A while back I came across a thread on Facebook discussing books similar to Suzanne Collins’ The Hunger Games trilogy and Veronica Roth’s Divergent trilogy, and I was intrigued! I immediately put the two series on hold at my local library, and one of them was the first two books of Marie Lu’s Legend trilogy.
While I was excited to have more books similar to The Hunger Games recommended, I wasn’t quite sure how hopeful to be. Coming off the high following my reading of The Hunger Games trilogy, I seriously doubted that many of the flood of futuristic dystopian thrillers being released could rival it, but I was intrigued by the fact that Lu was inspired to write Legend after watching Les Mis.
“My mother thinks I’m dead.”
In Legend, we follow the adventures of two fifteen-year-olds in Los Angeles, California, part of the futuristic, dystopian Republic of America: Day, one of the Republic’s most wanted criminals, and June, a passionate prodigy of the Republic.
“The Republic’s favorite little prodigy is in trouble again.”
When their paths cross in race for survival, a shocking and unlikely friendship is forged. Day is the prime suspect in a murder: the murder of June’s brother, Metias. Day claims he is innocent, but June isn’t sure.
Can June figure out the mystery of her brother’s murder? Can Day save his family? Will their friendship unlock doors to solve greater mysteries and right greater wrongs?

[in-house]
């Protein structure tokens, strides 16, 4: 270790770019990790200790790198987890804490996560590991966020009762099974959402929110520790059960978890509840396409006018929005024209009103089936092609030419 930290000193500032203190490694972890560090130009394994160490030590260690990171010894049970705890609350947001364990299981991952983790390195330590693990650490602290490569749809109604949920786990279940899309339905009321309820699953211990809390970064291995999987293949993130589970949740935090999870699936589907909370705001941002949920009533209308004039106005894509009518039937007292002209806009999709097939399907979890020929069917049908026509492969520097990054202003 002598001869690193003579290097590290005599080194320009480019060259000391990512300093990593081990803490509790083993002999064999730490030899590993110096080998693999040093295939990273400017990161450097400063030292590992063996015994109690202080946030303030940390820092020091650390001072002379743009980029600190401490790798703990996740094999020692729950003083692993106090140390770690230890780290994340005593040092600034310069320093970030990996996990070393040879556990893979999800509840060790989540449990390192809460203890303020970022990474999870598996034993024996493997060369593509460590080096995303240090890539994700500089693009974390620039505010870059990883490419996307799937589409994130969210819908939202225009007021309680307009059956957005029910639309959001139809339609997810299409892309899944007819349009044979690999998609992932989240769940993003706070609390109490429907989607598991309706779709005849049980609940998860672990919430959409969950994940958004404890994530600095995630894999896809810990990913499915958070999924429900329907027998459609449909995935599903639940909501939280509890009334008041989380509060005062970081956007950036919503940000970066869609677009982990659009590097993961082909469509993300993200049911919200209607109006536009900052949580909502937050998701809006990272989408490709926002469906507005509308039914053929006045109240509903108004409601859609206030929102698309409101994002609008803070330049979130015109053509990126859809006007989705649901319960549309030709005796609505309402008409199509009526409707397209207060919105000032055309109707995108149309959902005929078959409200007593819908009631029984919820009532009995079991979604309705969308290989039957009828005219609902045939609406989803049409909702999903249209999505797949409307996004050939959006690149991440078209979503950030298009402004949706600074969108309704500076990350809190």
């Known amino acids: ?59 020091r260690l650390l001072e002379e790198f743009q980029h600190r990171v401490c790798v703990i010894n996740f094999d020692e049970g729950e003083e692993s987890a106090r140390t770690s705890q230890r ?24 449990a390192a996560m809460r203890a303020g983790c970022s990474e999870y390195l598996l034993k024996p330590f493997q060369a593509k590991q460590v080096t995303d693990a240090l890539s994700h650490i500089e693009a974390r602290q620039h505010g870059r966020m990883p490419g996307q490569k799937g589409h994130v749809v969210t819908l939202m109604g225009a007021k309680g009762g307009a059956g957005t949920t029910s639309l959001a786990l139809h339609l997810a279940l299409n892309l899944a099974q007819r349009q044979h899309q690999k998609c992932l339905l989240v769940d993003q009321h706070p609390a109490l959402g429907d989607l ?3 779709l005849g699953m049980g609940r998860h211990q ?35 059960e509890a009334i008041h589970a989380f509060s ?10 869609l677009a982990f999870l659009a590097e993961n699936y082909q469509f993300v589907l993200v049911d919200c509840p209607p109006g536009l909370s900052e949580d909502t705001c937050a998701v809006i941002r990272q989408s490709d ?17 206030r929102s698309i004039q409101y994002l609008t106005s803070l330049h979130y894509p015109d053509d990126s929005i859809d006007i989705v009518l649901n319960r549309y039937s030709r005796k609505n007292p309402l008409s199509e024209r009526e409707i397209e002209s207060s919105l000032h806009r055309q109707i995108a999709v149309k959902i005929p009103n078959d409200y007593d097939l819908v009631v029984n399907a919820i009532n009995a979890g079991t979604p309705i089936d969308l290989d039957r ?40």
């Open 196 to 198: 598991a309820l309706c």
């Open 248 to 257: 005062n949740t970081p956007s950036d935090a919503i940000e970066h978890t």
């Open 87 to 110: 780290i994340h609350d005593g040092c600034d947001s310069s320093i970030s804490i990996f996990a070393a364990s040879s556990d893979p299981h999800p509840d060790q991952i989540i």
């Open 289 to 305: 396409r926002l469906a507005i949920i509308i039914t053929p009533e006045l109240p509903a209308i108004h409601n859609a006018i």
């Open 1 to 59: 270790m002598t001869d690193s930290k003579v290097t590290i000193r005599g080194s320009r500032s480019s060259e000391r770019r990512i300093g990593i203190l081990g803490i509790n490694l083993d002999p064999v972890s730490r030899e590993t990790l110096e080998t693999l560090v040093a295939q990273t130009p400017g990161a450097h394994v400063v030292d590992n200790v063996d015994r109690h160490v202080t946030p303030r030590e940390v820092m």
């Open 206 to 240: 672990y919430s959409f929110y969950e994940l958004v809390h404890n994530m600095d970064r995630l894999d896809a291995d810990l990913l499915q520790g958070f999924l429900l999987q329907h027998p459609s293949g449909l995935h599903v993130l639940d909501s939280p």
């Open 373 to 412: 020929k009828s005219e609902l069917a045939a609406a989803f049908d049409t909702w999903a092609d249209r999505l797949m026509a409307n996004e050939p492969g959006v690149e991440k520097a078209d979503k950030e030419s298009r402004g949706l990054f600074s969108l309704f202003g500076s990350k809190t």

“You’re free. Get out of California while you can.”
For once, I actually agree with Scholastic’s recommended audience: age thirteen and up.
The biggest issue I had with Legend was the amount of foul language in it. While I felt like the typical sprinkling was justifiable, the use of the Lord’s name in vain, which was quite abundant, was not. Please note: the author uses a newer, more stylish, and possibly less offensive, form. The way and amount it was used was uncalled for, especially since it was the protagonist, rather than the antagonist, of the story who was using it! (See Exodus 20:7 and Leviticus 19:12)
One other element that parents should be aware of, is that Day and June kiss several times, once shortly after they meet, and then again a few times at the end of the book.
While certainly not to the level of The Hunger Games, there is some violence in Legend, primarily in the form of street fights and attacks between rebels and Republic soldiers.
While Legend is certainly a rollicking adventure, full of daring escapades, admirable qualities such as friendship, faithfulness, and self-sacrificing love, as well as being thought-provoking, I found it to have a less compelling plot than other books in the genre. I would have to give the book a “C”.
Have you read Legend? If so, what are your thoughts?